Resume Template: Programmer

Every piece of software ever invented required a programmer. They provide the structures by which our modern digital world turns.
Computer programmers will always be in demand. You’ve chosen a potentially lucrative field with wide variety and options for employment. But before you start your job search, you’ll need to “program” a great resume that will promote your skills. We’re going to guide you in doing just that. This article will lay out the steps of writing an effective resume that will be sure to impress hiring managers. You need to know the essentials.

Summary

  1. Resume Template
  2. Formatting
  3. Writing Your Resume Summary
  4. Areas of Expertise
  5. Writing Your Work Experience
  6. Writing Your Education Section
  7. Additional Sections
  8. Resume Points to Remember
  9. Resume “Don’ts” to Remember
  10. Some Helpful Tools

Let’s begin with a sample programmer resume to demonstrate how all the resume pieces fit together. Then we will break each section down to really drill into how to write the best programmer resume you possibly can.

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Programmer Resume (Text Version)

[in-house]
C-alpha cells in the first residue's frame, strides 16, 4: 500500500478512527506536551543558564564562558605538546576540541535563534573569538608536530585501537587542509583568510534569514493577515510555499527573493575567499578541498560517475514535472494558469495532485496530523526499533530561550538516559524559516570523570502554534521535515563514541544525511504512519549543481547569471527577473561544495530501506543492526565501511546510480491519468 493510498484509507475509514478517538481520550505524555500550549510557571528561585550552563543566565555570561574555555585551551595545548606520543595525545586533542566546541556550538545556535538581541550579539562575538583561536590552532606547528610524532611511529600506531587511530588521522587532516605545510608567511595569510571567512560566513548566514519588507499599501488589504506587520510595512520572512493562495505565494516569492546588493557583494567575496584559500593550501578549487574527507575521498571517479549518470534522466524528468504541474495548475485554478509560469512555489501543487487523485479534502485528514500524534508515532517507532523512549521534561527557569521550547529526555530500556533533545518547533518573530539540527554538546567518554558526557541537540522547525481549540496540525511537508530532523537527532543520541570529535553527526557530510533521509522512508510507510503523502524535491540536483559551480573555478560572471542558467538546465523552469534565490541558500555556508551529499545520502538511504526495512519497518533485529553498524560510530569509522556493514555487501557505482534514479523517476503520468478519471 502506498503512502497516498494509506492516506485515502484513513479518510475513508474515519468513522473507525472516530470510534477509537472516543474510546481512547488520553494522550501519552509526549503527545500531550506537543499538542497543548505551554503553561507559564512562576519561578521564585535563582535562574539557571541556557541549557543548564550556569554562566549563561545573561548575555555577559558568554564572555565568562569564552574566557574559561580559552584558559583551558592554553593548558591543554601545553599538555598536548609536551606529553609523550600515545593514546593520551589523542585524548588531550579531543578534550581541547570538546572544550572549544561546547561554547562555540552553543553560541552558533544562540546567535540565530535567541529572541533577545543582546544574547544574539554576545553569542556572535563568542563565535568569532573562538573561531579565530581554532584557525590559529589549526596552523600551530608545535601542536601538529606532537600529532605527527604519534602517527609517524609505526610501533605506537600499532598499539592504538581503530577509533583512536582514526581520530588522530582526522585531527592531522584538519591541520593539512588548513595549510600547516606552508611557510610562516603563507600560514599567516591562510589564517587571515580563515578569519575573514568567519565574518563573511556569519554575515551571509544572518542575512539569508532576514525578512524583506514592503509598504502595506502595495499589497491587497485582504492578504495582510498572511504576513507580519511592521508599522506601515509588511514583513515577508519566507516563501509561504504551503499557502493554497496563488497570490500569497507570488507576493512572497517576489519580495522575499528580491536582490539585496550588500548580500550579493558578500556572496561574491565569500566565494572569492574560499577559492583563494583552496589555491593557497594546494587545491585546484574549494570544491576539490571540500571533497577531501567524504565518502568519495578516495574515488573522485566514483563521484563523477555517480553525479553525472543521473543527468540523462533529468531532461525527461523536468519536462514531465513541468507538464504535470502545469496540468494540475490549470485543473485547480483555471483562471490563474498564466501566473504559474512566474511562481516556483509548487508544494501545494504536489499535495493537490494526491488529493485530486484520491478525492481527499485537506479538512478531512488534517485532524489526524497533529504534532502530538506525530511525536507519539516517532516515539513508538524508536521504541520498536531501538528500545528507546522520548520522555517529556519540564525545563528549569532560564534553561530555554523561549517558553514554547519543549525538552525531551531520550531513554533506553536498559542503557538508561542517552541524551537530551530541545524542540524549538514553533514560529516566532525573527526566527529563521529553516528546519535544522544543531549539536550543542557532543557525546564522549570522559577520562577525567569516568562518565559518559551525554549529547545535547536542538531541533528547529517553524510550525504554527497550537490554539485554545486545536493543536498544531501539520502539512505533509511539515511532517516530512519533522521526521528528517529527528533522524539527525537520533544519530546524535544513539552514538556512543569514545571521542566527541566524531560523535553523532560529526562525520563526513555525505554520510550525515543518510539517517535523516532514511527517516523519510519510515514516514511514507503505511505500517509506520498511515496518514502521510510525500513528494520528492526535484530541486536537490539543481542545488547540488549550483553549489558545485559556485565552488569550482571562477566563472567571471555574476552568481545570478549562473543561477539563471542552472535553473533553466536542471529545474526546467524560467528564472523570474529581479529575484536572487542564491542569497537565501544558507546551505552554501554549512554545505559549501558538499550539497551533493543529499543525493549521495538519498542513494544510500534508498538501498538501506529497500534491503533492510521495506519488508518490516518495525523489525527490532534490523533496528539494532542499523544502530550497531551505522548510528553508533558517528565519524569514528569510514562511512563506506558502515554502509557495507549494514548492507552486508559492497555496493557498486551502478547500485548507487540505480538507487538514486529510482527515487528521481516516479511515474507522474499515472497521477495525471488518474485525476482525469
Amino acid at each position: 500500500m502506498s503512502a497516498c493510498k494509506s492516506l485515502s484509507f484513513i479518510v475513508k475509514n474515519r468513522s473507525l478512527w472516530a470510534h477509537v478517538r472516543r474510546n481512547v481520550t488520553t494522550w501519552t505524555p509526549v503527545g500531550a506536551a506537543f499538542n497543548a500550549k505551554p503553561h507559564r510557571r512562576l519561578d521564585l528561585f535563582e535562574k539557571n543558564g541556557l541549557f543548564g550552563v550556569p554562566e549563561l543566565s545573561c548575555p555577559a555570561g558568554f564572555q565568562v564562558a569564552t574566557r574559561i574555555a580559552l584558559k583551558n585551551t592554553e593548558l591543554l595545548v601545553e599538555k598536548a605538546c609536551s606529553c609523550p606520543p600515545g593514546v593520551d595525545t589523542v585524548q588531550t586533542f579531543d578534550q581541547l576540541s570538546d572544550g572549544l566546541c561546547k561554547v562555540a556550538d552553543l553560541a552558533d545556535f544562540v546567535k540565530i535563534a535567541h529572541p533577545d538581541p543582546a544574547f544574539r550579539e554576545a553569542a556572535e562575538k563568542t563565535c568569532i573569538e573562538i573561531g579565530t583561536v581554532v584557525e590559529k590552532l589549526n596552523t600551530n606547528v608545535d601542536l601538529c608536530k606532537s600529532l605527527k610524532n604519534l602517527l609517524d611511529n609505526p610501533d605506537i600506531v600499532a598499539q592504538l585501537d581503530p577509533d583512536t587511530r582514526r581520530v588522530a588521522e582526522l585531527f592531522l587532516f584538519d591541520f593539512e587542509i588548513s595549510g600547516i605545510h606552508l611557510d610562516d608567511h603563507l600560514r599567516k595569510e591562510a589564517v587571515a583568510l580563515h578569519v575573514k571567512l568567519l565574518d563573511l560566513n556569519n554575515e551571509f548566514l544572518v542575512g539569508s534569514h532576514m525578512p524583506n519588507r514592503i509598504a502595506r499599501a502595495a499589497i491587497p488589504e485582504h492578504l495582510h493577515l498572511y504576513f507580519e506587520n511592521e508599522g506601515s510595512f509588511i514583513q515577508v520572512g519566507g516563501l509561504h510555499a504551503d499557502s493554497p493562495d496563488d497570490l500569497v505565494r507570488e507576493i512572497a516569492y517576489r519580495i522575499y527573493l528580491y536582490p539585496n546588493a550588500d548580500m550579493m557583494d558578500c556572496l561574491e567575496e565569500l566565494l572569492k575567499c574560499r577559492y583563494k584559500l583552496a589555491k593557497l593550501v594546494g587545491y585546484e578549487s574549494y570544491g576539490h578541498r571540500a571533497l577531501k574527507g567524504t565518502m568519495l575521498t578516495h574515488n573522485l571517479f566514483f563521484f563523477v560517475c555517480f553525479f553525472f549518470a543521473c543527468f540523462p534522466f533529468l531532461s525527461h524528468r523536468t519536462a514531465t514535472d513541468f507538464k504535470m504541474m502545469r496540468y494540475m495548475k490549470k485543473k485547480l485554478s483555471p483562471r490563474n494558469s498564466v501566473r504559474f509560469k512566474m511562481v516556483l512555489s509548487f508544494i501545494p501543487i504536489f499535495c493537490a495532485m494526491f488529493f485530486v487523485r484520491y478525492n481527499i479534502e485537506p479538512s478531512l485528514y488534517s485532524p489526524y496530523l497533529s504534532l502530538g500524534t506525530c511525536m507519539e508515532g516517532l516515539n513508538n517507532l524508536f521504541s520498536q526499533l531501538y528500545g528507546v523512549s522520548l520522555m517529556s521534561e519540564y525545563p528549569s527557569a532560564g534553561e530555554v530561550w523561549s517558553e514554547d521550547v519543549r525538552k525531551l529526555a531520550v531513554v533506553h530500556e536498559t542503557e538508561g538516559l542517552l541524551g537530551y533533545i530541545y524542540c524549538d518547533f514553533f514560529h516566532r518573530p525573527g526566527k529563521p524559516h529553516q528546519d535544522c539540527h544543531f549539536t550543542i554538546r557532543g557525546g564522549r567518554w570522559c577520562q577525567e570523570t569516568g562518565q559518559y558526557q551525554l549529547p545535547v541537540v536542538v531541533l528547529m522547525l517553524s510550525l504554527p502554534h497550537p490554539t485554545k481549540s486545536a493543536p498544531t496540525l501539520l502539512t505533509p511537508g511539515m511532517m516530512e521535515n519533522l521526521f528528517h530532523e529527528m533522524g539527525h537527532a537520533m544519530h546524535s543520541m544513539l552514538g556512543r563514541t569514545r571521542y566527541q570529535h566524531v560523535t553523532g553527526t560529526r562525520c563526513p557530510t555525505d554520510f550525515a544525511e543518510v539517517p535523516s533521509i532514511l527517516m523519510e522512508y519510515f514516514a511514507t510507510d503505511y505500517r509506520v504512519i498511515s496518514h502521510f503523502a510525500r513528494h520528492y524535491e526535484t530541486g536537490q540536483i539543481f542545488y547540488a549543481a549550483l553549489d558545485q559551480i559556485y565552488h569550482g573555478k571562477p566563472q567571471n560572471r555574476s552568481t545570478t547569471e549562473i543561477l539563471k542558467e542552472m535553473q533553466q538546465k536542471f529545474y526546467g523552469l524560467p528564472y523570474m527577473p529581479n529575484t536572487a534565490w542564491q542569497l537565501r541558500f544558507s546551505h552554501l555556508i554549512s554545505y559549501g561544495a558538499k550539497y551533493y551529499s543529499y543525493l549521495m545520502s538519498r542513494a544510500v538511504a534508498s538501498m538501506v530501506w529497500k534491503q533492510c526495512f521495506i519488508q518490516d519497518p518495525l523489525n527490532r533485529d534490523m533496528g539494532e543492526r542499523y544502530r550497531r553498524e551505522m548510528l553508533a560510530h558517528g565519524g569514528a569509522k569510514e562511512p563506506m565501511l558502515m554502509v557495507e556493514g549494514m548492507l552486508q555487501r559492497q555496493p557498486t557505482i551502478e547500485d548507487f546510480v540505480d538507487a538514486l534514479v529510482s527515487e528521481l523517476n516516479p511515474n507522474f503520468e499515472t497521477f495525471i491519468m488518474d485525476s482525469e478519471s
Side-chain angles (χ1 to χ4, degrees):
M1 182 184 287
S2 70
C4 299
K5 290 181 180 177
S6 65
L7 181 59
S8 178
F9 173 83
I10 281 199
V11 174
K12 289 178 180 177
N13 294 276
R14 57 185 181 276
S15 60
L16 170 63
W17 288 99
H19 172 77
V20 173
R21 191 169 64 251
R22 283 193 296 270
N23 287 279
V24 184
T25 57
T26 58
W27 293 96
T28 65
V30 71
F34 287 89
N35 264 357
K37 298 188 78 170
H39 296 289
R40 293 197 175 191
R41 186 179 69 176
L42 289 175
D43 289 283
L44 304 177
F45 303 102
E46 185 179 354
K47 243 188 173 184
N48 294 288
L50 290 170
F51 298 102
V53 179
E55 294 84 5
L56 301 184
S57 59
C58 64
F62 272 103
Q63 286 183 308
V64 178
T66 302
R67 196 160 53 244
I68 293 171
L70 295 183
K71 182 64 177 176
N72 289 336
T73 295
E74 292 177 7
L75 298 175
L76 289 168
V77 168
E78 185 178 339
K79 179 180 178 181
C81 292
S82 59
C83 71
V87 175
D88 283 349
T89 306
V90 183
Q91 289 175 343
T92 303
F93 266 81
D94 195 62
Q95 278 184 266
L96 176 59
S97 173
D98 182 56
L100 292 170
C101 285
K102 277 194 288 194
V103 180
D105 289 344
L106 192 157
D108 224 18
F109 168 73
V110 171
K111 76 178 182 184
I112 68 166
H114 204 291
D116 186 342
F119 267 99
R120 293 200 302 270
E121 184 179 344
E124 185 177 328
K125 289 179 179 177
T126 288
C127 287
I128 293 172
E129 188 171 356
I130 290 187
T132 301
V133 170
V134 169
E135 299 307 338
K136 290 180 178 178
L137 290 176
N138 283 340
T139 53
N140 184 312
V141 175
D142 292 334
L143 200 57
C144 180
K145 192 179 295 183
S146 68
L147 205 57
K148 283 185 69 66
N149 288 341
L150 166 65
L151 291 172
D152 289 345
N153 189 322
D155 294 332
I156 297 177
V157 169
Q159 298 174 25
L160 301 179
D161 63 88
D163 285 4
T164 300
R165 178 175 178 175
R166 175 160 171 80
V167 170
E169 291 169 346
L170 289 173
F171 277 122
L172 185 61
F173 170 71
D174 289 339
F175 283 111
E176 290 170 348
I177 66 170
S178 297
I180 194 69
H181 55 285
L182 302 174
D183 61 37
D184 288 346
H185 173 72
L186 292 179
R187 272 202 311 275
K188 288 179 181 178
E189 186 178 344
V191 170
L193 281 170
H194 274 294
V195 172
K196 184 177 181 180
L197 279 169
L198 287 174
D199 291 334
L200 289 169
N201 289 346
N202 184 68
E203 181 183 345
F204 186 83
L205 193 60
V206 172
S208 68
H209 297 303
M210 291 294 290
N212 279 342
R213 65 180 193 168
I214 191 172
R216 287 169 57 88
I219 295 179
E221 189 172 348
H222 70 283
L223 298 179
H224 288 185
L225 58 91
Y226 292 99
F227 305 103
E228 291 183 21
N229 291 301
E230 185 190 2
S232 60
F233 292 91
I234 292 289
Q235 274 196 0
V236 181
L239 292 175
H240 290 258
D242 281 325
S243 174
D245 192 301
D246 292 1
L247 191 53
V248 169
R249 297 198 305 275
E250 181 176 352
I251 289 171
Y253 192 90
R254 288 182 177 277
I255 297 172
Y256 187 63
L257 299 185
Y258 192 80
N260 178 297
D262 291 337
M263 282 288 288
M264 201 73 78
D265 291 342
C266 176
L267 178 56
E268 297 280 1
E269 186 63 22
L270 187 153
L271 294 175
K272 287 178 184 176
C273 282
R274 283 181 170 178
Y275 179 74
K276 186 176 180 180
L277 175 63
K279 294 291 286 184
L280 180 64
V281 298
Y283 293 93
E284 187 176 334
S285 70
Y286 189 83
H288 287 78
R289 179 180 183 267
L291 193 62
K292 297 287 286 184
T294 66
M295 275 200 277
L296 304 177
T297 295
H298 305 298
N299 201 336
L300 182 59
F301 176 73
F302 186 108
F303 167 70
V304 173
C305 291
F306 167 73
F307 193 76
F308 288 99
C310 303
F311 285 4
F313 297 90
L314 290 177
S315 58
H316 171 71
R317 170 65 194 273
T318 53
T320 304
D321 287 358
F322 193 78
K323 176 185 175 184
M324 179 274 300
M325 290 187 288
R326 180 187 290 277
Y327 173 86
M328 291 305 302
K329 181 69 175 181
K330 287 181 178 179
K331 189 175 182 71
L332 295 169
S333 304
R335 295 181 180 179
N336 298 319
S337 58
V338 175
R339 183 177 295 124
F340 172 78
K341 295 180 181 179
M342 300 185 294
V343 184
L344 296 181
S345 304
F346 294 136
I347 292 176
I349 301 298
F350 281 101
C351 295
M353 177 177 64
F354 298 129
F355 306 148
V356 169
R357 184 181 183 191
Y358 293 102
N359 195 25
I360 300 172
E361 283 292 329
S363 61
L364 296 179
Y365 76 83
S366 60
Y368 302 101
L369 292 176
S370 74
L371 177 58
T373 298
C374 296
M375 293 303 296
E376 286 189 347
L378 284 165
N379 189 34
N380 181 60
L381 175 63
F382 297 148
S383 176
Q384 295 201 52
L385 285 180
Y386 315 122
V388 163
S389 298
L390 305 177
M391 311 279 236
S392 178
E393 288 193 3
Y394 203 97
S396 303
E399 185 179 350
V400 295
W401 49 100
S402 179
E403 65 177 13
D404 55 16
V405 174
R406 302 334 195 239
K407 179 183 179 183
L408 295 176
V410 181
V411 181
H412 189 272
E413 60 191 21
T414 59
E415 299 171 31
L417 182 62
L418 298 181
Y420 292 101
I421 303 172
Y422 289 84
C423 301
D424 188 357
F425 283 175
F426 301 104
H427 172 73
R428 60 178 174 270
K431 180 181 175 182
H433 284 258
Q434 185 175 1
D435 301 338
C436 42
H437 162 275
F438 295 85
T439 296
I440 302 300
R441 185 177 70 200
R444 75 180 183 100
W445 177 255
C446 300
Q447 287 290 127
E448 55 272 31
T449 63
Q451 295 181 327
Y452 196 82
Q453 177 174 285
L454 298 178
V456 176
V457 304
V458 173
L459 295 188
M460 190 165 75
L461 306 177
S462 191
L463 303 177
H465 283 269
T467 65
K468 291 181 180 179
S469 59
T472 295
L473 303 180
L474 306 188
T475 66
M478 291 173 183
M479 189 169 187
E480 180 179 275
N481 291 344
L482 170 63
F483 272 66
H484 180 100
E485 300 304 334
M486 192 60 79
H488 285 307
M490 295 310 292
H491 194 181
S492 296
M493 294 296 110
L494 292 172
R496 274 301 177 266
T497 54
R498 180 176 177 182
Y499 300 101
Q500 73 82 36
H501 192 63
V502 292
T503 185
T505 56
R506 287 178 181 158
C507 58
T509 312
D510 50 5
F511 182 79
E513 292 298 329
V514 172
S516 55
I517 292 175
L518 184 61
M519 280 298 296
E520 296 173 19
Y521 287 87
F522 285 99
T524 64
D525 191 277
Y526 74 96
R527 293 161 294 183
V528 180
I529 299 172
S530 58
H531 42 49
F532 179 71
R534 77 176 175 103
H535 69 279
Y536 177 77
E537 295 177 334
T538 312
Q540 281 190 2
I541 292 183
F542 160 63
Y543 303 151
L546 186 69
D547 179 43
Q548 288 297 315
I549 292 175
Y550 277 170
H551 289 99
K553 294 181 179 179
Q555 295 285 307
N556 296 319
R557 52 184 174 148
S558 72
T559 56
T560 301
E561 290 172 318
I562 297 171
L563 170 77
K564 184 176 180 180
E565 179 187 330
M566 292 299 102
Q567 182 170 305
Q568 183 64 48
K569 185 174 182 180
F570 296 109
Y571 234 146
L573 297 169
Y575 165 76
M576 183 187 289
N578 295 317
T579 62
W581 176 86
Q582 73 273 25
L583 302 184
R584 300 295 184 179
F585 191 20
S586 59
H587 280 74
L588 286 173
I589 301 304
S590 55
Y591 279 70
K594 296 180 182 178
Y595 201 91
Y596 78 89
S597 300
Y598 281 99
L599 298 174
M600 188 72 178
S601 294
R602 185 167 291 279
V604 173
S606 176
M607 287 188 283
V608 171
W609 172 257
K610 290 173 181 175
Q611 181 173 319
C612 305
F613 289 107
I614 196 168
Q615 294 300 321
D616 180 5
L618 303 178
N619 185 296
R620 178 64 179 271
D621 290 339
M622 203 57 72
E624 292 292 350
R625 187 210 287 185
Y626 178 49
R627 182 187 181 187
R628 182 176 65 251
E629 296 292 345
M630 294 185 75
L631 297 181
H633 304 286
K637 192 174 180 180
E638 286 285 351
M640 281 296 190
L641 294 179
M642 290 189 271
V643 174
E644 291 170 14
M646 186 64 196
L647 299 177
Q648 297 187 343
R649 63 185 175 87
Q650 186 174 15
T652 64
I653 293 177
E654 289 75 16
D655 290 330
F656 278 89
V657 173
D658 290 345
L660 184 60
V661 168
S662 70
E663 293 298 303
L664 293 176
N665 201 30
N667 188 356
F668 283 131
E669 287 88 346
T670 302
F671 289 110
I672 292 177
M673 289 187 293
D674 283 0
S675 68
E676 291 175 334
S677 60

Contact Info:

Steve Ward
[email protected]
1 (918) 864-0840
Tulsa, OK 74114
linkedin.com/steveward

Summary Statement:

Programmer: Versatile Programmer with 10 years experience providing programming solutions that resulted in business growth and efficient operations. Proficient at meeting project commitments and excels in the development and management of customized software.

Key Accomplishments/Areas of Expertise

  • JAVA, Ruby, C++, XML, HTML
  • SQL Databases
  • User Support
  • Coding and Scripting
  • Database Administration
  • Innovation
  • Strong Work Ethic
  • Communication
  • Troubleshooting

Professional Experience:

Riley Mortgage | Tulsa, OK
Computer Programmer | July 2017 – Present

  • Provide daily monitoring and report development
  • Curate company websites and create changes when needed
  • Utilize business development software and work with SQL databases
  • Assist affiliates with website design and development
  • Complete projects on time and according to specifications

Williamson Credit Union | Tulsa, OK
Programmer | January 2015 – May 2017

  • Modified existing software programs and products
  • Developed, modified, and maintained Java batch programs, .NET applications, and relational databases
  • Helped users solve system problems
  • Worked with internal departments to gather requirements and determine design
  • Maintained active awareness of new techniques and innovatives in the programming field

Oklahoma Farmers Association | Tulsa, OK
Computer Programmer | June 2010 – October 2014

  • Produced build reports and indexed views for developer use
  • Composed complex SQL queries
  • Identified and resolved issues with database
  • Ensured performance and security of databases
  • Handled database procedures, backup, recovery, and migration
  • Designed indexes for existing applications

Education/Certifications

Bachelor of Science in Computer Science University of Oklahoma at Tulsa, Tulsa, OK
Class of 2010

Formatting Your Resume

Since programming is your speciality, you understand the need for structure and order.